World’s oldest cigars, found in an 1857 shipwreck, on display in Tampa

TAMPA — While strolling through Havana in 1857, John Dement did what visitors to Cuba’s capital city still do today — purchased cigars to bring back home.

He made it home, but not with the cigars.

The ship that Dement was on sank to the bottom of the Atlantic Ocean, along with more than 30,000 pounds of gold. Nearly 150 years later, treasure hunters ran underwater expeditions to the vessel that became known as the Ship of Gold.

Recovering gold was the primary mission, but the artifacts, including the cigars, were also considered treasure and sold over the years.

The cigars were auctioned in Las Vegas and online in March. They are now in Tampa.

Ybor City’s J.C. Newman Cigar Co. purchased 18 of the 32 recovered cigars for their factory museum, which tells the history of stogies through artifacts like a wooden salesman carrying case from the early 1900s, a company financial statement from 1912 and an early 20th century humidor humidifier made with a mason jar and light bulb.

Overall, the company spent $6,000 at the auction, including two pieces of chewing tobacco from the shipwreck.

“They are the oldest cigars in the world,” said Drew Newman, general counsel for his family’s company, Tampa’s last operational cigar factory. “They were rolled before the Civil War, before Tampa was a city. Their story is just amazing.”

That story begins in San Francisco, where currency from the Gold Rush was shipped to Panama and then loaded onto the SS Central America, a four-story wooden sidewheel steamer that also took mail and more than 500 passengers to New York.

“The SS Central America was part of the Panama route, which was the principal lifeblood of the country during the 1850s,” said Bob Evans, the chief scientist and historian for the underwater recovery missions. “The wealth of California flowed outward to the rest of the world by means of a steamship line.”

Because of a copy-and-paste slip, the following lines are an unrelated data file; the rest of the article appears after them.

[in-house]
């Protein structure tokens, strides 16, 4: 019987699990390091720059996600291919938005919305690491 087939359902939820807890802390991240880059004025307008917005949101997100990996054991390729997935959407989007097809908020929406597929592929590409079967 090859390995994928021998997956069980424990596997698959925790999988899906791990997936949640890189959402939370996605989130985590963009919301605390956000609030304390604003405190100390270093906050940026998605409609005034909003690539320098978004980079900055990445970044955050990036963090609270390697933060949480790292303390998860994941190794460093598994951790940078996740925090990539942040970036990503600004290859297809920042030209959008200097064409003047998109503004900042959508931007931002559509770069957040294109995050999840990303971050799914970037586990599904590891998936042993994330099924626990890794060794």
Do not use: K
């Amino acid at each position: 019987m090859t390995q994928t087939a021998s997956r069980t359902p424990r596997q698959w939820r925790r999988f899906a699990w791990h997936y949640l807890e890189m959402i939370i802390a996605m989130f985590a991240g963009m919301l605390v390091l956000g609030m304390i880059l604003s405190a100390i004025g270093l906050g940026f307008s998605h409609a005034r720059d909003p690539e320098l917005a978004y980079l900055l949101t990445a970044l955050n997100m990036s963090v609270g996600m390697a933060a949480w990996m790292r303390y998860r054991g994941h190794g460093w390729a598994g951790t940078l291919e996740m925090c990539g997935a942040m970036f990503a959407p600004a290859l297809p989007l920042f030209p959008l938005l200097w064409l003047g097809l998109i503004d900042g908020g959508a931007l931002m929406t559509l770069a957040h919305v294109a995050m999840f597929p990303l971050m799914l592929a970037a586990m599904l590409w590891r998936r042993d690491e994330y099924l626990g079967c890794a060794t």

Needing more coal for fuel, the ship stopped in Havana, during which time Dement, a merchant, miner and military veteran from Oregon, bought the cigars.

“He might have smoked a few that evening,” Evans said. “And then he tossed them on top of his clothes in his trunk.”

On Sept. 12, 1857, while caught in a hurricane around 160 miles off the coast of Charleston, the SS Central America sank more than 7,000 feet below the surface.

“John Dement wasn’t the only one who bought cigars in Havana,” Newman said. “And when the captain and crew realized that the ship was going down and it couldn’t be saved, they lit cigars. The captain even used a lit cigar to light the signal flares.”

The crew was among the more than 400 who died.

Dement and others survived on lifeboats and by clinging to debris until rescue ships arrived.

His trunk was thrown “clear of the wreckage,” Evans said, never opened and remained on the ocean floor for more than a century.

Then, in 1988, treasure hunter Tommy Thompson began leading expeditions to recover the gold, valued at as much as $150 million by then, and historic artifacts. Dement’s trunk was recovered in 1991.

The trunk was taken to Ohio State University, where it was refrigerated for a few weeks until opened.

“One of the first things we noticed was quite a number of cylindrical dark-gray organic artifacts lying somewhat randomly on top of the blackened mass beneath,” Evans said. “We quickly surmised that they were cigars, and this made perfect sense. Havana was the ship’s last port of call ... It was a moment preserved in time.”

The trunk’s items were rinsed in distilled water and then freeze-dried for several months.

“The cigars emerged from the deep-freeze in essentially the same condition as they are in today,” Evans said.

Despite being submerged in water for so long, the cigars still have their shape, Newman said. “They are all different. Back then, they didn’t have molds. They were completely shaped by human hands, so they are different lengths, different diameters. They tell the story of how cigars were made back then.”

When the opportunity arose, Newman wanted them for his family’s museum.

“No one is aware of any cigars older than these,” Newman said. “They are part of history.”

If you go

The J.C. Newman Cigar Co. factory museum is open 9 a.m. to 5:30 p.m. weekdays and is free. A guided factory tour is also available. It costs $15 for adults, $12 for seniors, students and veterans. 9:30 a.m., 11:30 a.m. and 1 p.m. weekdays. 2701 N Sixteenth St., Tampa.